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Monday, January 14, 2008

And so it begins....

A little background: I belong to a “social networking” site, which is my covert way of saying an online dating site. I do not currently have an active dating profile, but participate in the forums pretty regularly. I’ve also made some acquaintances that I correspond with and have directed many of them to this blog. I am posting a recent email that I received, not because I am angry, but because this is a common sentiment when I inform anyone of my decision to use this babymaking route.

“hmmm !!! i just meant , that your making something happen that's suppose to happen naturally ....there is a reason why you are not with child ...what it is , i don't know ......i just feel that you should make things happen ...sort of like your playing god !! have you thought about the babies feelings ...growing up without a dad , and all the other things ......does this make you selfish ? to only think of what you want ? ...ok, ok ,,,i quit ....this too deep for me ...... i would just rather float down the river in a kayak ,and see where it takes me”


I have thought about all of these things, agonizing over many of them. Here is what I came up with…Does anything really happen naturally? Aren’t we active participants, guiding our own paths? I do realize this isn’t the “traditional” path for having a baby, but many things in life have evolved beyond the traditional. The reason I don’t have a child isn’t part of some grand plan. It’s a product of choices I’ve made and choices I’ve not made. I refuse to get into a relationship with the sole purpose of parenting. I’ve been a wife. It isn’t the same job as being a mother. They have very different responsibilities involved in them. Why is it a necessity to take on the role of wife before or at the same time as mother? Many women do this (become mothers) unintentionally. I am amazed at how so many people are accepting of that, but somehow think that actively making this decision is somehow less worthy. I have put hours upon hours of consideration into this decision. I would venture to guess the majority of parents, even the ones in loving, stable relationships, haven’t done the sole searching I have done prior to having a child.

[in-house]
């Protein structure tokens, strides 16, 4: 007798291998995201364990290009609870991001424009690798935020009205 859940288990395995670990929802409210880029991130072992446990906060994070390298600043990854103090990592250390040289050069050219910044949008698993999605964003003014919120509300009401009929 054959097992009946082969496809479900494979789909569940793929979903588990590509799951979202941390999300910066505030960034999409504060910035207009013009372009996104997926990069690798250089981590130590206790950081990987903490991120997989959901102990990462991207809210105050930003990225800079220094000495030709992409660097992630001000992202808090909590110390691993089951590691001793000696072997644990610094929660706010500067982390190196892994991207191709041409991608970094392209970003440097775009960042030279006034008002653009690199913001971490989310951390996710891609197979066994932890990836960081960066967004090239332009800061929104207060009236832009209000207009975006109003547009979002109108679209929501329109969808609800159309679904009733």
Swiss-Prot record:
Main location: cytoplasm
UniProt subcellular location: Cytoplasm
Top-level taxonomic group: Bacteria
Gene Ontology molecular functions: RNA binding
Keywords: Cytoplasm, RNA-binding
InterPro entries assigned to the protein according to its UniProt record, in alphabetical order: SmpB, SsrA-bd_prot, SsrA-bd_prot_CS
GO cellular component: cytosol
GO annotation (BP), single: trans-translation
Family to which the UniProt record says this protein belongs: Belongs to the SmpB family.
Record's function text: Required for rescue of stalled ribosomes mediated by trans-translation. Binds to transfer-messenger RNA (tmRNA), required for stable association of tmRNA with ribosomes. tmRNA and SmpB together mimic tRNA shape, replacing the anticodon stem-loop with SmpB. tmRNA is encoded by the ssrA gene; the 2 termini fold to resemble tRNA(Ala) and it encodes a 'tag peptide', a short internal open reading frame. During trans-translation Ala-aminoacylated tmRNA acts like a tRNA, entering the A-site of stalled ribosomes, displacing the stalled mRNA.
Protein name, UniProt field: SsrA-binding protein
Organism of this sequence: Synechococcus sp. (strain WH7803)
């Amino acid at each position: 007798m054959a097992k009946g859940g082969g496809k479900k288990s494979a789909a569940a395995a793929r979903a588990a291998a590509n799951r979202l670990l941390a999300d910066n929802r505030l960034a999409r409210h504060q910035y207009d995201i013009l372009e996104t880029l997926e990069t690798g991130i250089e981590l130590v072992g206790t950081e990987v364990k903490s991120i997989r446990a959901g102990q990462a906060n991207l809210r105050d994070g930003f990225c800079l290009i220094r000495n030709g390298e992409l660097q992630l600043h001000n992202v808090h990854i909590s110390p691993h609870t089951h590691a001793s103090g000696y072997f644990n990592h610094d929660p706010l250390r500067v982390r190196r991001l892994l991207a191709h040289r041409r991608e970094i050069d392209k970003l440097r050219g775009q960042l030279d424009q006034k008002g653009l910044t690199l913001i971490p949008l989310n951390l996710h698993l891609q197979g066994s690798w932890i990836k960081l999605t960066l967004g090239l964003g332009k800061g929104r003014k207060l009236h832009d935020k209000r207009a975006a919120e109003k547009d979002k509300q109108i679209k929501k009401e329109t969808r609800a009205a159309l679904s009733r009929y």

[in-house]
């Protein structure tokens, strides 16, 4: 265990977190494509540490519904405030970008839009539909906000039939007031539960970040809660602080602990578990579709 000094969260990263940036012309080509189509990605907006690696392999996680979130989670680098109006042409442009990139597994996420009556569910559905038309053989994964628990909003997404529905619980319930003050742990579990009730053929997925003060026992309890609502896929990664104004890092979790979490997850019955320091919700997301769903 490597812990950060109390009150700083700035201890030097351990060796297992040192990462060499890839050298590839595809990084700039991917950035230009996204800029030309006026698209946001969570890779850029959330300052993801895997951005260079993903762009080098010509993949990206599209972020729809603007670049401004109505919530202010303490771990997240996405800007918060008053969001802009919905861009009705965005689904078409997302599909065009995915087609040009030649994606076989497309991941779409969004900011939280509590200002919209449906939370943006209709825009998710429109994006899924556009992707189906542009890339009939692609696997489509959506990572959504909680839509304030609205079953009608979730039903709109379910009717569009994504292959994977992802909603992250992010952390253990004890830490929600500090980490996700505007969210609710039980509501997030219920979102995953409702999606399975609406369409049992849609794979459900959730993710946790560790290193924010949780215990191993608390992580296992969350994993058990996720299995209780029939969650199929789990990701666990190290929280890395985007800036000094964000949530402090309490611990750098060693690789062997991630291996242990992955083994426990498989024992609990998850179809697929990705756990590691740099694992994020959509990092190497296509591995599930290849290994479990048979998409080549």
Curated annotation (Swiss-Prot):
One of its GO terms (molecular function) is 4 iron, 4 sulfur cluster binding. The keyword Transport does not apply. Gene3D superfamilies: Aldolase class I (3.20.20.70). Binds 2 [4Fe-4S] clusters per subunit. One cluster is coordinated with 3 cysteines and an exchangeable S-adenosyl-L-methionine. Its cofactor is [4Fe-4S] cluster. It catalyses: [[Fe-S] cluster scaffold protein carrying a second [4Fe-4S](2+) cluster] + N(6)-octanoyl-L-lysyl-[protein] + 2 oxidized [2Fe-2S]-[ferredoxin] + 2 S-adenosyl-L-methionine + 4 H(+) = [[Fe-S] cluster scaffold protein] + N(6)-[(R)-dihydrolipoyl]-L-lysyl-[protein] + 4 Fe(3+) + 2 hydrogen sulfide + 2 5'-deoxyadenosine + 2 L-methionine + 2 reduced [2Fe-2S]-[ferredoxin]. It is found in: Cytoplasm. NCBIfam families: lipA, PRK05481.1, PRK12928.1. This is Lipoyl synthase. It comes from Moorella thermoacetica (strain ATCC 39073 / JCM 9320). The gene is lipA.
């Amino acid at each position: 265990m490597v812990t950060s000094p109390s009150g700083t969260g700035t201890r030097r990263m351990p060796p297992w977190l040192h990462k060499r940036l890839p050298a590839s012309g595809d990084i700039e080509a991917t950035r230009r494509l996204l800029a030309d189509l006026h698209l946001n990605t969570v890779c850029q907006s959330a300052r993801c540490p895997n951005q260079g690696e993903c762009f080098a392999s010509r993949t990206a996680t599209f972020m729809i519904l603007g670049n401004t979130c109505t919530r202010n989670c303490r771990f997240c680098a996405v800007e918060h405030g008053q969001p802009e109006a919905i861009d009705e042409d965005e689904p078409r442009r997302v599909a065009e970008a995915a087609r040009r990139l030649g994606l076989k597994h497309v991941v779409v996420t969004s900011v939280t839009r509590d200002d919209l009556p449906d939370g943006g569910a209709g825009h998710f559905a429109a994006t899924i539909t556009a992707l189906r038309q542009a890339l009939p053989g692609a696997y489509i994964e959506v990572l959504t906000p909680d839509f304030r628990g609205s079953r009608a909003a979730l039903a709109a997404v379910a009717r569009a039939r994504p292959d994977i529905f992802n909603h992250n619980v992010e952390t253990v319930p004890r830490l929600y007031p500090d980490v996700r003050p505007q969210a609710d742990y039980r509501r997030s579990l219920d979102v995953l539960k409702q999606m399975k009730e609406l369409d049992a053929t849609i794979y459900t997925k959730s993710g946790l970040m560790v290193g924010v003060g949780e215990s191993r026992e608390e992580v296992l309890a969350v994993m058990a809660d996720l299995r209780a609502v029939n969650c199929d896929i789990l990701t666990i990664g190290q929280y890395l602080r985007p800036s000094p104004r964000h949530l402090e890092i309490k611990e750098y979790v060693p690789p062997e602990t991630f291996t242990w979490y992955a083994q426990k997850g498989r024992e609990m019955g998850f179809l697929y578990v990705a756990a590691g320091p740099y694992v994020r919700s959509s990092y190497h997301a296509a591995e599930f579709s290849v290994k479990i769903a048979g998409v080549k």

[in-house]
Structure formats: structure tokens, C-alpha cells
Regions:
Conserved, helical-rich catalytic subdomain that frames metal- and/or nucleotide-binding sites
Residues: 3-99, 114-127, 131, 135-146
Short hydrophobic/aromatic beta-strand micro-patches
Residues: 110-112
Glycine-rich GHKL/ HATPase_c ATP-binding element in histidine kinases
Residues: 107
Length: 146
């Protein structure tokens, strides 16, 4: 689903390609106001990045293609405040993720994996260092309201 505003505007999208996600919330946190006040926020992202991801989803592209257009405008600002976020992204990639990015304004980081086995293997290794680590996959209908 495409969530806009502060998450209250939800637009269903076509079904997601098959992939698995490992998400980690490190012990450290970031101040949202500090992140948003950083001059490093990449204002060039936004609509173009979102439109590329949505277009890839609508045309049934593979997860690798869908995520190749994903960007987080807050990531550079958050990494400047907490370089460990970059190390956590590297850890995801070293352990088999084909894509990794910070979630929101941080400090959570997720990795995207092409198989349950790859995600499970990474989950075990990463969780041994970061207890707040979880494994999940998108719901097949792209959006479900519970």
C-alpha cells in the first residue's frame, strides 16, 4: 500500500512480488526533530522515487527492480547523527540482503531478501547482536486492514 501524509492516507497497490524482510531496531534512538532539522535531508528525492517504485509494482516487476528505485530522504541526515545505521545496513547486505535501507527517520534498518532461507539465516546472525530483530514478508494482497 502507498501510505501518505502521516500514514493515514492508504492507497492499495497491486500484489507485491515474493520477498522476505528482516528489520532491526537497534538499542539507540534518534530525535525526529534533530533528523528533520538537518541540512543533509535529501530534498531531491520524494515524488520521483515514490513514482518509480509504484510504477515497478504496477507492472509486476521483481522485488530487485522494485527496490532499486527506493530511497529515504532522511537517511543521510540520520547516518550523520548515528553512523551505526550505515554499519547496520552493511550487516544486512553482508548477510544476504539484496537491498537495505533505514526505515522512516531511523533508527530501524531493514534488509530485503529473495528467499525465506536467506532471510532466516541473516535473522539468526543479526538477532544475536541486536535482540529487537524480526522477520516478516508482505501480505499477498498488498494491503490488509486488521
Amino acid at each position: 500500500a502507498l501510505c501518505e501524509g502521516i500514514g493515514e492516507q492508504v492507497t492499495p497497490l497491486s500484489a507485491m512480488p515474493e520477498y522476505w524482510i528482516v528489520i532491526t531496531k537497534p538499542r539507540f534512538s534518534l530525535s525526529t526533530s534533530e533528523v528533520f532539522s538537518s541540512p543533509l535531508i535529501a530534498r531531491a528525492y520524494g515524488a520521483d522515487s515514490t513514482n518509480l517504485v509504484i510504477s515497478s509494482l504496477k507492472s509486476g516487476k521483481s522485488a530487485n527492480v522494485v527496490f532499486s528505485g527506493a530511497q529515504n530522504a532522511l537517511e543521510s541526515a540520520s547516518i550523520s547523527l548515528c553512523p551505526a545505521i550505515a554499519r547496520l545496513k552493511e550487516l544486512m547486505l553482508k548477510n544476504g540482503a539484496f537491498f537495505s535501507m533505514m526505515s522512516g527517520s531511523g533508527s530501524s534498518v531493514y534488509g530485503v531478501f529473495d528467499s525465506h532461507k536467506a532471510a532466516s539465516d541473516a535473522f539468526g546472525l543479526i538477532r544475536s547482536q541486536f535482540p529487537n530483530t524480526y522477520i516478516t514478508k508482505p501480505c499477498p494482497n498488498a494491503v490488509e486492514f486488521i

The other argument I hear is the “growing up without a dad” sentiment. Will my child be the only one without a dad? It’s such an absurd argument. With over 50% of marriages ending in divorce and countless numbers of children being raised in single parent households, I doubt that my decision is as scandalous as some would make it seem. My child will not have been “abandoned” by anyone. There will be no dad who chose to have limited or no contact. There will be no split household which requires shuffling back and forth between worlds. As for the “other things” that my child will be without, I cannot fathom what they could be. My income is higher than a significant number of 2 parent households, and I have an unbelievably supportive family and group of friends. That’s so much more than many children have. Does that make me selfish? Possibly. But tell me, does anyone have a child for purely unselfish reasons?!

I have never been the “float down the river” kind of person. I have always had direction and drive. I work hard for what I want and am not afraid to face any challenge. My child will be completely and fully desired. He or she will not just be something that happened in my life!

2 comments:

Impulse said...

I think you just have to accept the fact that some people wear blinders, refuse to open their mind to another perspective, and will cast themselves into the future clutching onto their beliefs. The world has changed completely; almost anything is possible. Believing that the conception of a child without a man is "playing God" is akin to dismissing evolution and embracing concepts such as "intelligent design" and "predestination". Most likely, anybody holding that belief will never accept your point of view... but that might not be a terrible thing.

MLG said...

I agree with you impulse, and I appreciate the support. I think part of my reason for this blog, in addition to working out my own emotions, was to show people the decision process.